A cooling retreat now sits where a once-hot, exposed backyard offered no respite from the oppressive Texas heat. A single row of Spartan junipers screens this narrow Houston-area backyard from nearby neighbors and shades the surrounding ground. Light-colored gravel keeps the ground plane cool, and the sound of a soft trickle of water echoes in the background. Above it all stands an arbor with a delicately carved pattern casting shadows and sheltering the space below much like a large living canopy would.
Designers Michael Constantino and Jeff Halper, of Exterior Worlds Landscaping & Design, not only wanted to shade and screen this backyard from neighbors and shelter it from the sun, they also wanted to transport the homeowner to a place where he could feel calm, relaxed and meditative.
Here’s how they did it.
Designers: Michael Constantino and Jeff Halper, Exterior Worlds Landscaping & Design
Location: The narrow backyard of a home in The Woodlands, Texas; windows in the dining room, living room and master bedroom overlook this space
Size: Two small patios are each 144 square feet (12 by 12 feet), or 13.3 square meters (3.6 by 3.6 meters); the overall outdoor space the pergola covers is 405 square feet (45 by 9 feet), or 37.6 square meters (13.7 by 2.7 meters)
Budget (including labor): Custom arbor with hand-drawn pattern cut into aluminum panels: $50,000
Reason: Shade and privacy for the homeowner
The Nitty-Gritty on This Patio Design
Threshold: Gravel runs right up to the bedroom and living room doors. From inside, you step down about 5 inches onto a couple of bluestone pavers like the ones used to connect the two patios.
Patio floor and pathway materials: Two granite gravel patios are connected via a 15-foot-long (4.5-meter-long) pathway of 12- by 12-inch (304- by 304-millimeter) bluestone pavers. Mulch, foxtail ferns (Asparagus densiflorus ‘Myers’, USDA zones 9 to 11; find your zone), dwarf mondo grass (Ophiopogon japonicus ‘Nana’, zones 6 to 11) and river pebbles separate the two patios. Anodized aluminum edging keeps everything in place. The pavers were wet set in cement. “This allows for a straight, uniform, level path of disconnected stones that merge with the gravel and planting beautifully,” says Halper.
Halper selected the gravel for its association with Zen gardens and the quiet crunch it makes when walked on, giving the space a meditative quality. He also chose it for its permeability: You can plant directly into gravel. “It allows you to merge the garden and the patio in a way paving can’t,” he says. And in areas like Houston, with impervious-surface restrictions, gravel can be a great hardscape solution.
Pergola structure: They fabricated the arbor using solid aluminum and painted it to match the exterior siding. It rains a lot in Houston, and the aluminum will never rust. It’s more expensive than steel but also a lot lighter; Halper says it cost about 40 percent more than steel would have. The beams and posts were notched together for a more woven complexity, also adding to the cost.
Patio cover: Aluminum panels that are 3/16 inch thick and roughly 3 feet by 3 feet are attached to the structure with custom clips and screws. Each panel features a custom, hand-drawn pattern that was transferred to AutoCAD and cut with a water jet. Halper says a laser cutter would have made cleaner cuts, but the material was too thick.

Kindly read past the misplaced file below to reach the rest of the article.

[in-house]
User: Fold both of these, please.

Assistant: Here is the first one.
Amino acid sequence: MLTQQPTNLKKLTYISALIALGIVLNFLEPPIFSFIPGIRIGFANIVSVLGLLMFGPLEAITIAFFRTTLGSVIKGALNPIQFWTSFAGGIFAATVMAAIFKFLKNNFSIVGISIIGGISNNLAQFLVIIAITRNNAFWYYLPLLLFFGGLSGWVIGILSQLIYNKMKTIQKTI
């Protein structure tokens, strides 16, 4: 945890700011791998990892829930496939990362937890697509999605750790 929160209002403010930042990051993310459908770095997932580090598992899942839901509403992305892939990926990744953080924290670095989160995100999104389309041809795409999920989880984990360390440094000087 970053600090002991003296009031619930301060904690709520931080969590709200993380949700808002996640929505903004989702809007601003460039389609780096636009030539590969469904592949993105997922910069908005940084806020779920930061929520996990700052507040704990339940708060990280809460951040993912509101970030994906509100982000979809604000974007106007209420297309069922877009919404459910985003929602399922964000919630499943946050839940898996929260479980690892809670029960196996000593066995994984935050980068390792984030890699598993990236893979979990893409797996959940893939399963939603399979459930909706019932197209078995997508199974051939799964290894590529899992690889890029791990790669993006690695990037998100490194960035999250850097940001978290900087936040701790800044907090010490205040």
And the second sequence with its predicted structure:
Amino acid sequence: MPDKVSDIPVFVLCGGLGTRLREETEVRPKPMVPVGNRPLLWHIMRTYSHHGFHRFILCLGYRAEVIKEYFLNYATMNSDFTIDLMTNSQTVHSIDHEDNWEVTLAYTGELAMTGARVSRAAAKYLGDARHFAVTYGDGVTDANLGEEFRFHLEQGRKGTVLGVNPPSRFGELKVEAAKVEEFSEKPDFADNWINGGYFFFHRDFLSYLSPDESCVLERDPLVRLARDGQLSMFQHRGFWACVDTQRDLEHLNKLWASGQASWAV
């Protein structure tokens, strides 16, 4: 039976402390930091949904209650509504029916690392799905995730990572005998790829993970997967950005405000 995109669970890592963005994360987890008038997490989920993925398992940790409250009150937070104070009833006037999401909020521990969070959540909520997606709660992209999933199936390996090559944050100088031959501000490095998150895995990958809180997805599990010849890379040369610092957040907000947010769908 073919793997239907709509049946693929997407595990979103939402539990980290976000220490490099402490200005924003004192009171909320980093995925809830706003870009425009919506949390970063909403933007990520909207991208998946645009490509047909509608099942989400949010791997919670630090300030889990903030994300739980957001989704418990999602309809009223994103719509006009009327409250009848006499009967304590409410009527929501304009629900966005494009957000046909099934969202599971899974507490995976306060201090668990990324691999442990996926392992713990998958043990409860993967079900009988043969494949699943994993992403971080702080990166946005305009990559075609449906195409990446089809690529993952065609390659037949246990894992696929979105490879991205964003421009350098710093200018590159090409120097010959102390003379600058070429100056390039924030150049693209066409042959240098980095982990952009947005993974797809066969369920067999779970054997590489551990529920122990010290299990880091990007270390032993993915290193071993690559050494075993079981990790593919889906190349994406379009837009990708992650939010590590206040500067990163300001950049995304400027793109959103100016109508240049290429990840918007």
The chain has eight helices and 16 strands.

The patterns loosely resemble leaves. Sunlight streams through during the day, creating dappled shade that resembles that under a large tree canopy, protecting the patio without making it too dark. At night the light from the outdoor bulbs filters through the holes and creates another unique pattern.
Pergola dimensions: 45 feet (13.7 meters) long, 9 feet (2.7 meters) wide and 9 feet (2.7 meters) tall
Attached or detached? The arbor is detached and about 12 inches (304 millimeters) from the eaves.
- Transition to softscape: Anodized aluminum edging
- Lights: MR16 lightbulbs illuminate the structure, plantings and hardscape. Their wiring is concealed in the posts and beams, and they are controlled with astronomic timers and switches so they automatically turn on when it gets dark — even accounting for daylight saving time.
- Cor-Ten sculpture and disappearing fountain: Water in a recirculating fountain flows from the top of the large stone onto the river rock below, generating a faint trickle of water along the rocks. Drains and pumps are concealed below the stone. The long-lasting Cor-Ten adds a dramatic backdrop.
Considerations: Many of this patio’s features were chosen for their longevity and relatively low maintenance requirements. The surrounding plants don’t need to be pruned or mowed, the arbor won’t rust, and the lights will last a long time. The fountain is also considerably low maintenance because of its concealed basin.
Aluminum made sense for this project, but some projects, depending on their structural needs, will call for steel.
Additionally, although the water feature for this project requires relatively little maintenance, Halper says water features always end up being more labor intensive than people expect them to be, due to cleaning and filtration systems. And, though he’s a big fan of gravel, it’s not for everyone, and it can be difficult to walk on barefoot or in heels.
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